### Work from transport processes

### Example 1:

#### Mechanism of nigericin

1) Draw out a reaction scheme

2) For each reaction, write an equation. For a transport process, make
sure that you distinguish between reactants in different phases (we use
subscripts L, M and R here to denote reactants in the left aqueous, membrane,
and right aqueous phases). It is formally correct to write the equations
with a direction (reactants --> products) to represent the flux of the
transport cycle. Choose a direction for the reaction cycle. For example,
if K^{+} is at higher activity on the left, the reaction will lead
to K^{+} flow from left to right.

NH_{L} <==>N^{-}_{L} + H^{+}_{L
}

N^{-}_{L} + K^{+}_{L} <==> NK_{L}

NK_{L} <==> NK_{M}

NK_{M} <==> NK_{R}

NK_{R} <==> N^{-}_{R} + K^{+}_{R}

N^{-}_{R} + H^{+}_{R} <==> NH_{R }

NH_{R} <==> NH_{M}

NH_{M} <==> NH_{L}

3) At this point, if we have got our directions right, we can sum the
reactions, and cancel terms. We will find that all the terms for the carrier
cancel, leaving only the components in flux.

K^{+}_{L} + H^{+}_{R} <==>
K^{+}_{R} + H^{+}_{L}
4) Now, we can write the free energy equation for the remaining reaction,
and then sum the G values to find the overall free energy for the transport
process, using:

Then, remembering that by convention, reactants have a negative sign
(because their concentration decreases when the reaction proceeds in the
direction shown), and substituting from

we get for the above process:

5) We can find the condition for equilibrium by setting G' = 0 :

### Example 2.

#### Mechanism of the ATP^{-} / ADP carrier (adenine nucleotide
translocase).

The carrier mechanism catalyzes the obligate exchange of 1 ATP^{-}
for 1 ADP. Although we don't know the mechanism, we can assume (as we found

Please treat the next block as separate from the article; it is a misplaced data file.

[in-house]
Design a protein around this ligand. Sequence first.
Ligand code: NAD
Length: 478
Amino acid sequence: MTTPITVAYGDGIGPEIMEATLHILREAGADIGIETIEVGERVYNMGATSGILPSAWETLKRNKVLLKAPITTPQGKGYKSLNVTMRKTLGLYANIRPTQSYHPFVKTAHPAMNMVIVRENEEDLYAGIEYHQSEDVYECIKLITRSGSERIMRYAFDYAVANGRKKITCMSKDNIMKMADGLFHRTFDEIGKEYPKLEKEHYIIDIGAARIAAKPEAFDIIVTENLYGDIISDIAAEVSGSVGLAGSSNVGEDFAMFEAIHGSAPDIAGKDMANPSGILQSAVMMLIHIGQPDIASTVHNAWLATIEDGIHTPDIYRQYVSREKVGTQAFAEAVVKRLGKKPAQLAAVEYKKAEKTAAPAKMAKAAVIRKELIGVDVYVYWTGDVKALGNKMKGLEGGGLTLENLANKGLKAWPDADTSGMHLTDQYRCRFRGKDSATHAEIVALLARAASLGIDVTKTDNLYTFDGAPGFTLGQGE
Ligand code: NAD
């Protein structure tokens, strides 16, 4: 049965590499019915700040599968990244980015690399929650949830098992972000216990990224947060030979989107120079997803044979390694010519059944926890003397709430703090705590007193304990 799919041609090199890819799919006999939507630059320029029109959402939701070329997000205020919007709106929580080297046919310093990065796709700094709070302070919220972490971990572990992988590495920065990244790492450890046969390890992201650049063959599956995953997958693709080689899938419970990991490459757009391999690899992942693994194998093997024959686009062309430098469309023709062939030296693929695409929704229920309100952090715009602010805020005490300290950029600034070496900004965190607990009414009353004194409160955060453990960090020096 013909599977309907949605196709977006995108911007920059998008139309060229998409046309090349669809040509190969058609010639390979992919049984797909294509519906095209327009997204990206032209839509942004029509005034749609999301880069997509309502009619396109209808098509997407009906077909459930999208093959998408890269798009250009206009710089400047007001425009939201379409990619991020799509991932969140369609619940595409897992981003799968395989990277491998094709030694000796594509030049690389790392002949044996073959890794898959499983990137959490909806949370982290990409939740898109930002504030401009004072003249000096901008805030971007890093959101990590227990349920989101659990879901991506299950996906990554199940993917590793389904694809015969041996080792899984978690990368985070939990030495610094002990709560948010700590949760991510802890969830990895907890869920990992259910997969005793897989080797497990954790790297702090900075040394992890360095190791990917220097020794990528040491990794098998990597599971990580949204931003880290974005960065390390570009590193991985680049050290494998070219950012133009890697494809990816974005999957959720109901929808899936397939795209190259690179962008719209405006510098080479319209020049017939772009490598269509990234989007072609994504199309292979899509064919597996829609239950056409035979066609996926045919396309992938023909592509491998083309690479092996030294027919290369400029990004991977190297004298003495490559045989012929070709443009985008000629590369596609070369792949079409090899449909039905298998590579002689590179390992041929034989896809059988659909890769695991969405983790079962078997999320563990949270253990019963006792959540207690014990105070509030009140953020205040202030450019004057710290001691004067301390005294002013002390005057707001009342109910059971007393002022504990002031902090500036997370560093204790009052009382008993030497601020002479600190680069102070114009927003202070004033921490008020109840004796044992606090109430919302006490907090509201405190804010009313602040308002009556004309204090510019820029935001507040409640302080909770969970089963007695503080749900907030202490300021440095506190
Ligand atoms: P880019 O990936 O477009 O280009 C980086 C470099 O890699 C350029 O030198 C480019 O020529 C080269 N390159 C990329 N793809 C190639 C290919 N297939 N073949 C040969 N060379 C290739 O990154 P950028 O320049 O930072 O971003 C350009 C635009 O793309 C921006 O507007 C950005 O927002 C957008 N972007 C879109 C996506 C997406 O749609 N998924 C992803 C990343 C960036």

above) that the carrier components cancel out, leaving the components in
flux. This will give:

where µ values are chemical potentials, and *µ*
values are electrochemical potentials. The later are chosen for
ATP because ATP^{-} is effectively transported with 1 excess negative
charge over ADP.

Substituting from: µ_{i}' = µ_{i}^{o} + RT ln a_{i}, and from *µ*_{i}
= µ_{i}' + zFy

When G' = 0,

#### The equilibrium case

Note that when we assume that a chemical or transport process has reached
equilibrium (G' = 0), we can simplify the treatment.

For any reaction at equilibrium, we can simply substitute into the reaction
equation, chemical or electrochemical (for charged species moving between
phases) potentials for each species, and replace the reaction sign by an
equals sign.

For example 1:

K^{+}_{L} + H^{+}_{R} <==>
K^{+}_{R} + H^{+}_{L}

becomes

and for example 2:

ADP_{L} + ATP^{-}_{R} <==> ADP_{R}
+ ATP^{-}_{L}

becomes

µ_{L}^{ADP} + *µ*_{R}^{ATP}
= µ_{R}^{ADP} + *µ*_{L}^{ATP
}
Expansion of the equations then gives the equilibrium equations already
derived.

©Copyright 1996,
Antony Crofts, University of Illinois at Urbana-Champaign,
a-crofts@uiuc.edu